This commentary is with reference to the PTF Draft Report on General Education
This report seem to be a piece of research and discourse that has considered a multi-sectoral team of 180 academics, senior government officials and professionals along with examples and inspiration drawn from some countries based on their Economic progress and perceptions of Education Quality.
It is not clear how the Presential Task Force liase or relate with the National Education Committee (NEC), which was established in 1992, which state on its website , as its Vision and Mission and Main Functions as follows;
Vision: A Comprehensive National Policy Framework for a sound Education for All, ensuring fairness and adaptability, to face all challenges and for maintaining Sri Lankan identity.
Mission: Deliberate on National Education Policy and make recommendations ensuring continuity in all segments of the education system in the context of changing needs of Sri Lanka.
- Make recommendations to the President, on educational policy in all its aspects, with a view to, ensuring continuity in educational policy and enabling the education system to respond to changing needs in society, including an immediate review of educational policy and plan or plans and the making of recommendations to the President, on a comprehensive National Education Policy.
- Review and analyze periodically, the National Education Policy and Plan or plans in operation and where necessary, to recommend to the President, changes in such Policy, Plan or Plans.
- Advise the President on any other matter relating to education which may be referred to it by the President, for its advice.
The NEC vice chairperson is only a member of the 180 strong PTF within the General Education Core Group. The multi-sectoral report does not seem to identify, recognise or acknowledge the National Education Committee and the numerous research, reports and recommendations that has been produced in the past.
While the overall sentiment of the report is progressive, it seem to lack cohesion between different components of the broad Education context. It is possible that given the time constraint of preparing the draft within three months with a wide array of professionals and academics that components were done in small teams working in isolation, which ended up as one single report of the different working groups.
The report covers a wide range as follows , however lack of consistency and rooting on National Education goals flowing from Pre-school Education to Higher Education.
2.1 National policy statement for general education
2.2 Pre-school Education
2.3 Primary Education
2.4 Lower/Junior Secondary
2.5 Upper/Senior secondary
2.6 Curriculum Development and Revision
2.7 Establishment of Curriculum Development and Assessment Centre
2.8 Testing and Assessment Systems
2.9 Text books
2.10 Reading habits and use of school library
2.11 Career Guidance
2.12 Different pathways in General Education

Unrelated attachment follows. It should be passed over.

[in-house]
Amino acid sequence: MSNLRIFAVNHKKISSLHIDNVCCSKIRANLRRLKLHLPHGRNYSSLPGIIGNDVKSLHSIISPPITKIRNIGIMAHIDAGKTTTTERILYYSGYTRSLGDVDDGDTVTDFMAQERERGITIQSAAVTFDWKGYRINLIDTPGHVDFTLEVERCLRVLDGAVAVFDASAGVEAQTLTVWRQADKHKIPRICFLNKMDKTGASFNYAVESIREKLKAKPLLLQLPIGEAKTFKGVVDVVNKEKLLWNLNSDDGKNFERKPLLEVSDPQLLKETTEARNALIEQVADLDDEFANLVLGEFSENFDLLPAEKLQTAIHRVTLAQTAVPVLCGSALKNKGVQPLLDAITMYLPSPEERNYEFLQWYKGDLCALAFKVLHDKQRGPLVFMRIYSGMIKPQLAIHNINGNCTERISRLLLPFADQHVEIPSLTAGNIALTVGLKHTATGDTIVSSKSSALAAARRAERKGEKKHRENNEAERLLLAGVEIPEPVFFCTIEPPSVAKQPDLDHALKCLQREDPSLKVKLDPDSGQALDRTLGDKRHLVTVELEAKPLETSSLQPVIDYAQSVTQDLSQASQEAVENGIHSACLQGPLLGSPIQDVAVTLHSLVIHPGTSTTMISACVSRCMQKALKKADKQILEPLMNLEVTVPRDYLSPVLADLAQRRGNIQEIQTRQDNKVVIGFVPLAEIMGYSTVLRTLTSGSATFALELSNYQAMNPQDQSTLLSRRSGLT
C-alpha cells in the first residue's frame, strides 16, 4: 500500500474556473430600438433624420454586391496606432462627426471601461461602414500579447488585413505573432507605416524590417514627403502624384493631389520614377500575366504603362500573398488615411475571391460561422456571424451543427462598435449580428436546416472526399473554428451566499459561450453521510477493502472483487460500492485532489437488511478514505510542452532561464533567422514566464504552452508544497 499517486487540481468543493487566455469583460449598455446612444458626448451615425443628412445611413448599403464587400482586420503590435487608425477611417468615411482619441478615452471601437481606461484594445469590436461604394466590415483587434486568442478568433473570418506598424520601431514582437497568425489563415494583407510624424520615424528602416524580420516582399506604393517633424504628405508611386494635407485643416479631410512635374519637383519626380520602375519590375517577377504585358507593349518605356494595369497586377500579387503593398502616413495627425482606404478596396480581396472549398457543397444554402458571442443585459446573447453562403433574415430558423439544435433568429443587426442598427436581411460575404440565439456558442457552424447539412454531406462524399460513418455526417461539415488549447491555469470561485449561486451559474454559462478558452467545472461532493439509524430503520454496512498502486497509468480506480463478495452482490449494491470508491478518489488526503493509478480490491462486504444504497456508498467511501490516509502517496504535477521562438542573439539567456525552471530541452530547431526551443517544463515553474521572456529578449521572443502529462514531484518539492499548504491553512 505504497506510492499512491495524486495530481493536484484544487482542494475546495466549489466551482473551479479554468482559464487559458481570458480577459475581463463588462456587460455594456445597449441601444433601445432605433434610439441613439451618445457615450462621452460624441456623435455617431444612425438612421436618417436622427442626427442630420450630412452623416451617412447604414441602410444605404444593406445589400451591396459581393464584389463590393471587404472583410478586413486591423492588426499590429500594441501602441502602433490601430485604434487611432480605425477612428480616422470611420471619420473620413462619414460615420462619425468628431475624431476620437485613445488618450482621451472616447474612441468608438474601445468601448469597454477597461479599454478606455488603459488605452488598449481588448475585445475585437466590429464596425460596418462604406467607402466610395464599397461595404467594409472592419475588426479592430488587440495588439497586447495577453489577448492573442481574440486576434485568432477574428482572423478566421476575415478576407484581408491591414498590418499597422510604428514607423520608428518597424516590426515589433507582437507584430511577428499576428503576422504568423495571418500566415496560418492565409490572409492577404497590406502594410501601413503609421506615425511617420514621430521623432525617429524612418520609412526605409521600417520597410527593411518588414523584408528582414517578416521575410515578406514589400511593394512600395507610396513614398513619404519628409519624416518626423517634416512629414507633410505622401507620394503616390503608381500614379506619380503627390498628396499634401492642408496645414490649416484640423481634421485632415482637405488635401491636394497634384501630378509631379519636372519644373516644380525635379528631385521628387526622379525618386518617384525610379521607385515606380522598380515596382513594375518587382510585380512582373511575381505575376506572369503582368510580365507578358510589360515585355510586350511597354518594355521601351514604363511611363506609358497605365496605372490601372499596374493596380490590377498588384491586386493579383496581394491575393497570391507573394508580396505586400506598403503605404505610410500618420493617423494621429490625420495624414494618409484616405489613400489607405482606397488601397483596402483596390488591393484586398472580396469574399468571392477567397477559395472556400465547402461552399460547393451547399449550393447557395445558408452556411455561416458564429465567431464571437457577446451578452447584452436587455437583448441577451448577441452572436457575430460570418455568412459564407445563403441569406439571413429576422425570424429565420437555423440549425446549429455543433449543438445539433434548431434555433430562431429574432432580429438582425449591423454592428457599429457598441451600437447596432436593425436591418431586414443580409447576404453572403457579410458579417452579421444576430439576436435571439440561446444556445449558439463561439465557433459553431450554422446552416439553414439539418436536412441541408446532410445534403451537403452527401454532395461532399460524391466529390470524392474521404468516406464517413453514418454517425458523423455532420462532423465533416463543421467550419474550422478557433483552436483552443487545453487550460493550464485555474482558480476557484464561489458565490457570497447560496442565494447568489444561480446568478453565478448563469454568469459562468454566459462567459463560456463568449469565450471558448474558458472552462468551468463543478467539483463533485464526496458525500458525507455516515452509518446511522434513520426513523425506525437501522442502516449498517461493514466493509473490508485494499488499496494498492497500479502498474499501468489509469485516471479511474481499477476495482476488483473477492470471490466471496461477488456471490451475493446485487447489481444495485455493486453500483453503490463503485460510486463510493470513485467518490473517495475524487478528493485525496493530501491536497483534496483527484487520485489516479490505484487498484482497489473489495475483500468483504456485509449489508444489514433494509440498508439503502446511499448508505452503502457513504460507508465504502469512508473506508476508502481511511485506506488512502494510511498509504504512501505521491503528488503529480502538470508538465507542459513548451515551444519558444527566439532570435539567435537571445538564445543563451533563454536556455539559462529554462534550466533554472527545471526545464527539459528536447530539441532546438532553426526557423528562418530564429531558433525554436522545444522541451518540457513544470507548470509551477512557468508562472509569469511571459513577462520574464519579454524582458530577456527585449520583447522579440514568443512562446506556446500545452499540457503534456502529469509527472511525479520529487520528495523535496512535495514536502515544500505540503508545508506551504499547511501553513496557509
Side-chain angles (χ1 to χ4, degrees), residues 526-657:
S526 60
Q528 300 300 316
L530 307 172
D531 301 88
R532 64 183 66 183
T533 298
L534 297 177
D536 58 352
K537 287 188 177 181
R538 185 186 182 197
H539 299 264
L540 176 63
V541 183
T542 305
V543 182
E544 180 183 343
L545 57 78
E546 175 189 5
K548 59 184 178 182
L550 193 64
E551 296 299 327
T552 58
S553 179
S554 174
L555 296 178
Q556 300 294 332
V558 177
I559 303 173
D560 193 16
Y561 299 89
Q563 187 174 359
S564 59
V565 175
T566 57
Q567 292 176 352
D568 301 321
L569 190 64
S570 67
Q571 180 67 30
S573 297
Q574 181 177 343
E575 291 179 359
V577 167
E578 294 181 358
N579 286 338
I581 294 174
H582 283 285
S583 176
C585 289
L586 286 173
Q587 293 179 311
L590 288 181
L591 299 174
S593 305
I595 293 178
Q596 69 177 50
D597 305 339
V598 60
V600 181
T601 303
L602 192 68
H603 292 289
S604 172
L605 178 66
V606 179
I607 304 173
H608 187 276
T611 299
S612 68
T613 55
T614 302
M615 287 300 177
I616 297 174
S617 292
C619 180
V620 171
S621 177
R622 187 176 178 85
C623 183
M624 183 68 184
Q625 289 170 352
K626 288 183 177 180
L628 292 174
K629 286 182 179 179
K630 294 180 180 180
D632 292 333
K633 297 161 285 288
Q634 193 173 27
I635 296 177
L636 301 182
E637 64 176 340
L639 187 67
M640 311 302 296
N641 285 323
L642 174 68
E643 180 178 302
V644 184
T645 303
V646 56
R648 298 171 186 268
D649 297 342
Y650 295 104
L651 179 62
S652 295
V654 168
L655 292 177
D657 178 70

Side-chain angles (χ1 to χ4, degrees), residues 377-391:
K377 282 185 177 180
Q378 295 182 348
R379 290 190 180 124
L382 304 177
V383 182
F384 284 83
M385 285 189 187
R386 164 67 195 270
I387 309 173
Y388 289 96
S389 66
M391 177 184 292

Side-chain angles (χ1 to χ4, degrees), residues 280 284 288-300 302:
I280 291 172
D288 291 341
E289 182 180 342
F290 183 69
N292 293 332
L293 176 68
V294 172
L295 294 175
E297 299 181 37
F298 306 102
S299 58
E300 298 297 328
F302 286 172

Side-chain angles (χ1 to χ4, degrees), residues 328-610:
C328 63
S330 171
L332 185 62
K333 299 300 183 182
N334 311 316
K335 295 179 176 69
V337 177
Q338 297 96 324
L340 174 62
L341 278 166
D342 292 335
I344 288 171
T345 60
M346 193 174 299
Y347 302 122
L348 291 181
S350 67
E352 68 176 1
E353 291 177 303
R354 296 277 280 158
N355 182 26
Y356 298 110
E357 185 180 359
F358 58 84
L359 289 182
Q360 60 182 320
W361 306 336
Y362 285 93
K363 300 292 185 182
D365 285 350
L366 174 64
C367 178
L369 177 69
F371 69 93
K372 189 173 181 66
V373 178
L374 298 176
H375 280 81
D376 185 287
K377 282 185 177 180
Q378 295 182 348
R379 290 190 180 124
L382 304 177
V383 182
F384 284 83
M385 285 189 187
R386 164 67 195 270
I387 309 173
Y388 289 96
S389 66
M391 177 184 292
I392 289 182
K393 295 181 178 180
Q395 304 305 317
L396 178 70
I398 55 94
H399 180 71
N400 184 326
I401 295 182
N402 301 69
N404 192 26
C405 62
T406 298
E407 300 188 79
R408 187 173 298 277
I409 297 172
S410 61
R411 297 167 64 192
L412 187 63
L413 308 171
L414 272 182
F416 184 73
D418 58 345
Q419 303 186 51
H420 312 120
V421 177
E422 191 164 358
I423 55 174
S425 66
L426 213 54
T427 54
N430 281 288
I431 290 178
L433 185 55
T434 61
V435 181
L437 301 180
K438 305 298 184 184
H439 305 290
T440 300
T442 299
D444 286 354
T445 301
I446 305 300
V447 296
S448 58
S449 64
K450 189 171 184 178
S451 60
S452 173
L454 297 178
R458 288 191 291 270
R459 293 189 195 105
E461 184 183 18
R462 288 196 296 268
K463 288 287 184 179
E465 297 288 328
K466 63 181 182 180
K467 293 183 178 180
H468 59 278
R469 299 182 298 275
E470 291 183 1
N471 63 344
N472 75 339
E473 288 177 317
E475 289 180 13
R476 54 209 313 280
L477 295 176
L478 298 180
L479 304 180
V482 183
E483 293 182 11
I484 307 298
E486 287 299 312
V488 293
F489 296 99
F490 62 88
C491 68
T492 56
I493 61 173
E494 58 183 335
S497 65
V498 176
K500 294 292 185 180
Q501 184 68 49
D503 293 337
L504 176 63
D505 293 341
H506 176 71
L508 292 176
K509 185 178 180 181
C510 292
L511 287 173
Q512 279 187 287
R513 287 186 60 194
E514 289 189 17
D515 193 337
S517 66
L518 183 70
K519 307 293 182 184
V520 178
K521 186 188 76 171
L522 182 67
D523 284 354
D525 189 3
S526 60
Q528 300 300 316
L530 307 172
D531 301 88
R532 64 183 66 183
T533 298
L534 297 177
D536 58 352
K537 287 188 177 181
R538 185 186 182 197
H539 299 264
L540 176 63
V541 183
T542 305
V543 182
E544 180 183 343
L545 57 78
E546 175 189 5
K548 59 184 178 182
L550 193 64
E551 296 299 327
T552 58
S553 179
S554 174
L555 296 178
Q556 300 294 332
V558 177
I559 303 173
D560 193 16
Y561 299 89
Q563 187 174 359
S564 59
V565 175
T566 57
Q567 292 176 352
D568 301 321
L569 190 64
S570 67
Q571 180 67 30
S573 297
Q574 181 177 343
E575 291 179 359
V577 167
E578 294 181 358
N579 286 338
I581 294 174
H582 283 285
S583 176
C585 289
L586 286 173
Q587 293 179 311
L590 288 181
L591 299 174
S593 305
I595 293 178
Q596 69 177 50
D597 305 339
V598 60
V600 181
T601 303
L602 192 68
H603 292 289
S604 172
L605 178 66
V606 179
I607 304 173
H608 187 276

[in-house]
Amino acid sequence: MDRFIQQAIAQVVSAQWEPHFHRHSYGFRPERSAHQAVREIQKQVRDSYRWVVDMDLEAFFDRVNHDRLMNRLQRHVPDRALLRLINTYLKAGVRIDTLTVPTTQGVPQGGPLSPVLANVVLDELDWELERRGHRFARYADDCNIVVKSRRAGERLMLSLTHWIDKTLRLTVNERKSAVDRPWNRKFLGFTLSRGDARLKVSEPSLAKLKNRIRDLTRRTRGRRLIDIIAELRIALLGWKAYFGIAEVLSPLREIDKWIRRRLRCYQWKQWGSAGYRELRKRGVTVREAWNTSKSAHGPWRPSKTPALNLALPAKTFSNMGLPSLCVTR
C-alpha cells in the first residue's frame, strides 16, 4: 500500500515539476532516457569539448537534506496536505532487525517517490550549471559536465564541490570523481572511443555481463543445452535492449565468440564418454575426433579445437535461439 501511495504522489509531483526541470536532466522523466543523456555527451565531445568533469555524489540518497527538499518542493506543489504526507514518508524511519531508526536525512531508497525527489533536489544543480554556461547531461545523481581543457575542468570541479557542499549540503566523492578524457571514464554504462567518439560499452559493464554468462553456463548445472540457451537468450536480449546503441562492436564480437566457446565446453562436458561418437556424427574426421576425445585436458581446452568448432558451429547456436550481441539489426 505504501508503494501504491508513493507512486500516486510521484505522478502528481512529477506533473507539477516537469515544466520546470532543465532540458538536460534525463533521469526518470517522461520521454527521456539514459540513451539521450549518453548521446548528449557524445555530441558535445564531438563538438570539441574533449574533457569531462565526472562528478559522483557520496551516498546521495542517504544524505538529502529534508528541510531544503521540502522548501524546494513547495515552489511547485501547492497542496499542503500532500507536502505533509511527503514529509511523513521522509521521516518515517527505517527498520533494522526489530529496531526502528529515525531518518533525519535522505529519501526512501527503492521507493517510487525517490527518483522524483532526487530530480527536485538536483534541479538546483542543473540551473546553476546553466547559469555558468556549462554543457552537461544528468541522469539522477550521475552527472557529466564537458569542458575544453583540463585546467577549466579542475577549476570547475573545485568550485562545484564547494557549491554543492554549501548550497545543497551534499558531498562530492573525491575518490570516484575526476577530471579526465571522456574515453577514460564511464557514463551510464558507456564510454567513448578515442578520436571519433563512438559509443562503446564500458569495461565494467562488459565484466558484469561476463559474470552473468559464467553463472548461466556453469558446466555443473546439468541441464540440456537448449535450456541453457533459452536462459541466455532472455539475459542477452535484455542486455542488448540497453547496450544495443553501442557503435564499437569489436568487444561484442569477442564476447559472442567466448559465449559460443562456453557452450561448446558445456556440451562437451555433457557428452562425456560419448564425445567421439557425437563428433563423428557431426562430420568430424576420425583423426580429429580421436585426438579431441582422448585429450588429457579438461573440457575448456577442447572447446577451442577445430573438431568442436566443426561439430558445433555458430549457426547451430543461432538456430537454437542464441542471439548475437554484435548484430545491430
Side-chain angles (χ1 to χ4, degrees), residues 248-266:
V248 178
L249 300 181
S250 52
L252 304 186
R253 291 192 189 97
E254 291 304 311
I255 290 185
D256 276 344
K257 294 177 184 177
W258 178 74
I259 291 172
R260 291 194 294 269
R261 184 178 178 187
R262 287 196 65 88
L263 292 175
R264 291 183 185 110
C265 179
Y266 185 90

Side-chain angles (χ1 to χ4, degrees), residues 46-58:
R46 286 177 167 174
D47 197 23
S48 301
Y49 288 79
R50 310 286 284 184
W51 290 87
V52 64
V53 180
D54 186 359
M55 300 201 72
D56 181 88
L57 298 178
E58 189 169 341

2.13 Present 13 years guaranteed education programme
2.14 Teacher Development
2.15 Principal as the Leader
2.16 Classification of schools
2.16 Sharing resources between Schools
2.17 Quality Assurance and Accreditation
2.18 Improving Planning and Management of Education system
2.19 Regularisation of Private and International schools
2.20 Non formal Education
The following two approaches are discussed in this report separately.
*Mindfulness in Schools
It is possible that while at a higher level the Education goals are defined, at each sectional focus, the committee narrowed down on solving current problems and fixing them without anchoring on and referring to the National Education Goals.
The National Education goals itself is not clearly stated and articulated (evidence of lack of cohesiveness and dialogue that would have made it possible). There is also no reference to the National Education committee 1992 National Goals of Education and five basic competencies in this report and whether they should change and if so what those changes proposed are. Section 2.1 is where the overarching goals, objectives should be discussed, however this is merely a suggestion to change to a Pledge, that all stakeholders are expected to by heart. Does the pledge reflect the non-existent National Education goals or is the pledge in itself the goal?
Proposed policy motto for Sri Lanka is as follows:
“CREATIVE SCHOOLS, ENLIGHTENED NATION”
Pledge to the Nation
The non-availability of a pledge to the nation to recite at the schools is a significant drawback concerning the development of social integration and sense of devotion to the country.
Although children recite the national anthem, it does not seem to help inculcate the nation’s feeling of pride in the minds of children.
Appoint a committee of experts to prepare a pledge to the nation. The committee should comprise of representatives of three main ethnic groups (Sinhalese, Tamil, and Muslim).